Melissa Blease reviews Beauty and The Beast, on at Theatre Royal Bath until 12 January
It’s the most wonderful time of the year. Oh yes it is! Which means, of course, that the Theatre Royal Bath’s annual festive fest is poised to work its time-honoured magic as the pantomime takes centre stage.
TRB never shies away from proudly flaunting good old proper pantomime tradition, abiding by a strict set of long-established pantomime rules – there be no contemporary twist-dragons lurking behind the scenes and the audience may as well drop all notions of politically correct sensibilities on their way to their seats for we’re on classic boy-meets-girl territory here: the girl is beautiful, the boy is a prince, and the supporting characters are not in the slightest bit confused by their nonsensical identities.
But if I sound as though I’ve suddenly turned the clock back on feminist attitudes and gender stereotyping by at least five decades, then I offer you a resounding Oh No I Haven’t: I’m merely immersing myself in Christmas spirit – and you can’t get a more spirited pantomime than Beauty and The Beast.
Following an unfortunate encounter with a rather scary witch, young Prince Albert is turned into a rather scary beast (albeit a beast with a beauty of a voice: step into the spotlight Shaun Dalton, for one day you too will be Michael Ball). But Beast‘s predicament is temporary; as soon as he learns to love and be loved in return, he’ll turn back into Prince Charming again (although not literally, or course; that would be another pantomime altogether). Cue spirited village girl Belle (Clare Maynard), who enters Beast‘s realm after her father has been inadvertently imprisoned in the dungeons of his palace.
Is Belle the answer to all of Beast’s beastly problems? Is Beast Belle’s dream made flesh? Will a lively supporting cast of characters assist Beast and Belle on their road to romance, punctuating their journey with lashings of really good bad jokes, oodles of really fab songs and, of course, loads of opportunities to point out to various members of the cast that he/she/it is behind them, and plenty of oh-no-you-won’t/oh-yes-you-are audience participation retorts along the way? Why am I even asking such questions? We know we’re in safe hands…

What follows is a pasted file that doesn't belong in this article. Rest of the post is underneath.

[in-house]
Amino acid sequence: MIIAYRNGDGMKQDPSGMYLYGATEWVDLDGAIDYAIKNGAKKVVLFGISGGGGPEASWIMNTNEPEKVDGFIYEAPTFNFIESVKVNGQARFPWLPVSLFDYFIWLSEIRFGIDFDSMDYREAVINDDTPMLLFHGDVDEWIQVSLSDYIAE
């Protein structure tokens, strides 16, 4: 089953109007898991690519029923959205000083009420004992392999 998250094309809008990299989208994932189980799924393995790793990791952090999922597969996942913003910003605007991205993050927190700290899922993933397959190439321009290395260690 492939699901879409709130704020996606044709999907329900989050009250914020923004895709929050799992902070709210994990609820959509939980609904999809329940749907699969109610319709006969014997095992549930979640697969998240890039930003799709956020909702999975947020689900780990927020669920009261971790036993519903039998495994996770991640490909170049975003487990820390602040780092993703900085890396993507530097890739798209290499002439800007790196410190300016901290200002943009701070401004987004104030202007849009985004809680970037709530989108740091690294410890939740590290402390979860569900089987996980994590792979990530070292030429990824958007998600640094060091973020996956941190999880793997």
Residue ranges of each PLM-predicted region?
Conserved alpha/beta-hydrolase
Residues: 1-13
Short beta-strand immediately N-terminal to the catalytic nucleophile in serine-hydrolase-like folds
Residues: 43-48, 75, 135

As loveable Louis La Plonk, Jon Monie keeps his end up at all times (have that one on me, Jon): he’s a master of the art of corny comedy timing, and even his very worst jokes are daft enough to make Scrooge snigger. Monie’s non-stop slapstick tomfoolery is ably aided and abetted by Nick Wilton as Louis’ mum Polly: frolicsome, ludicrous, unapologetically Les Dawson-esque and dressed, in all scenes, in outfits of the worst possible taste, this dame is most definitely not a drag. There’s a sagacious fairy lighting up the stage too (Fairy Bon Bon, aka Wendi Coronation Street/Hetty Feather Peters – watch out in particular for her big singing solo, which is powerful enough to rattle the TRB’s famous chandelier) and Ben Harlow as egocentric playboy Hugo Pompidou (think, Derren Brown meets Pete Wicks, styled by Laurence Llewelyn-Bowen and with the personality of Gemma Collins) is a properly hiss-worthy baddie.
Dancing? Loads of it – and all good. Music? A proper orchestra, playing live. Costumes? Spandex, sequins and sparkle, lots of lurid lurex. Ballgowns with skirts too big to make it through the door of the Assembly Rooms, velvet pantaloons tight enough to make Beau Nash blush, and wigs that make you weep with either envy or hilarity, depending on your personal sense of sartorial elegance (or lack thereof).
If you’re looking for the fairest pantomime in the land this season, go with this one: it’s unabashedly upbeat, brazenly buoyant and full-on festive fabulous from the first wave of the fairy’s want all the way through to the flamboyant finale – oh yes it is.
Main image: Ben Harlow as Hugo Pompidou and the Ensemble in Beauty and The Beast. Credit: Freia Turland